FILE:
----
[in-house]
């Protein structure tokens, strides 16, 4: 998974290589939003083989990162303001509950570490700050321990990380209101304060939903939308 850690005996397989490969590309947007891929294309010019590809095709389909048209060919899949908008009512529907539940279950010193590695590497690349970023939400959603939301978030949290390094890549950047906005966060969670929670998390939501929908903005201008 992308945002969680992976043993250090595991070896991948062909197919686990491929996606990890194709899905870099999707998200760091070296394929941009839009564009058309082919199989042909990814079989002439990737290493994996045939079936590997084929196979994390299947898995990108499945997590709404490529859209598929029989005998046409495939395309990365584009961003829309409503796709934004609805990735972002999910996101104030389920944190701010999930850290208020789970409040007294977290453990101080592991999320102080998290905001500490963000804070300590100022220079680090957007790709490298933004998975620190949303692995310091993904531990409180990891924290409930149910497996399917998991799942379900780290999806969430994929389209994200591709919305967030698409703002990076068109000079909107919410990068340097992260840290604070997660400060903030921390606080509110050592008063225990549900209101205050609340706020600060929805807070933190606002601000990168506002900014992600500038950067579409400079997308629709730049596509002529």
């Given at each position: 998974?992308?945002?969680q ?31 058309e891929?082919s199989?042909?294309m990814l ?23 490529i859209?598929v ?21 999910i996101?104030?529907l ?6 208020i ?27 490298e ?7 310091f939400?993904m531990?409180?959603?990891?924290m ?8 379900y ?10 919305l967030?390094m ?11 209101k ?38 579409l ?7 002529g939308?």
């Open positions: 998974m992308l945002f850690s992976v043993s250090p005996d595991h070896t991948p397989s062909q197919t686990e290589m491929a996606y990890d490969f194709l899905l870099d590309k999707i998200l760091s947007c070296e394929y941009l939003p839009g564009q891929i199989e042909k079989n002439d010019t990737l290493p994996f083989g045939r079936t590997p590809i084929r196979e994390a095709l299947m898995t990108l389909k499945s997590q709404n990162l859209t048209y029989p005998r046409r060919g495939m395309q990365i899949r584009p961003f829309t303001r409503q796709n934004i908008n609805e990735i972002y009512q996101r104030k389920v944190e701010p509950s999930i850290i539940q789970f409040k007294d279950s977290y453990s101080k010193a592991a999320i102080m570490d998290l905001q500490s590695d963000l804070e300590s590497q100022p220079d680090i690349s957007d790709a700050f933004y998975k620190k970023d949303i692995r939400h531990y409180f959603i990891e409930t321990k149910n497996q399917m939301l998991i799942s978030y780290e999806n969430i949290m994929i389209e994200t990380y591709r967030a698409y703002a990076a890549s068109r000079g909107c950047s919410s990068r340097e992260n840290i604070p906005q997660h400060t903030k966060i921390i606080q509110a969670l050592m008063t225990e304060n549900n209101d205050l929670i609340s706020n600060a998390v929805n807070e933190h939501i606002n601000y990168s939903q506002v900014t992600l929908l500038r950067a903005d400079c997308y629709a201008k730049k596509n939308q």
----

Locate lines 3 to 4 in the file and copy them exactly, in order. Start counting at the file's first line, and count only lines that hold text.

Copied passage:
């Given at each position: 998974?992308?945002?969680q ?31 058309e891929?082919s199989?042909?294309m990814l ?23 490529i859209?598929v ?21 999910i996101?104030?529907l ?6 208020i ?27 490298e ?7 310091f939400?993904m531990?409180?959603?990891?924290m ?8 379900y ?10 919305l967030?390094m ?11 209101k ?38 579409l ?7 002529g939308?």
């Open positions: 998974m992308l945002f850690s992976v043993s250090p005996d595991h070896t991948p397989s062909q197919t686990e290589m491929a996606y990890d490969f194709l899905l870099d590309k999707i998200l760091s947007c070296e394929y941009l939003p839009g564009q891929i199989e042909k079989n002439d010019t990737l290493p994996f083989g045939r079936t590997p590809i084929r196979e994390a095709l299947m898995t990108l389909k499945s997590q709404n990162l859209t048209y029989p005998r046409r060919g495939m395309q990365i899949r584009p961003f829309t303001r409503q796709n934004i908008n609805e990735i972002y009512q996101r104030k389920v944190e701010p509950s999930i850290i539940q789970f409040k007294d279950s977290y453990s101080k010193a592991a999320i102080m570490d998290l905001q500490s590695d963000l804070e300590s590497q100022p220079d680090i690349s957007d790709a700050f933004y998975k620190k970023d949303i692995r939400h531990y409180f959603i990891e409930t321990k149910n497996q399917m939301l998991i799942s978030y780290e999806n969430i949290m994929i389209e994200t990380y591709r967030a698409y703002a990076a890549s068109r000079g909107c950047s919410s990068r340097e992260n840290i604070p906005q997660h400060t903030k966060i921390i606080q509110a969670l050592m008063t225990e304060n549900n209101d205050l929670i609340s706020n600060a998390v929805n807070e933190h939501i606002n601000y990168s939903q506002v900014t992600l929908l500038r950067a903005d400079c997308y629709a201008k730049k596509n939308q």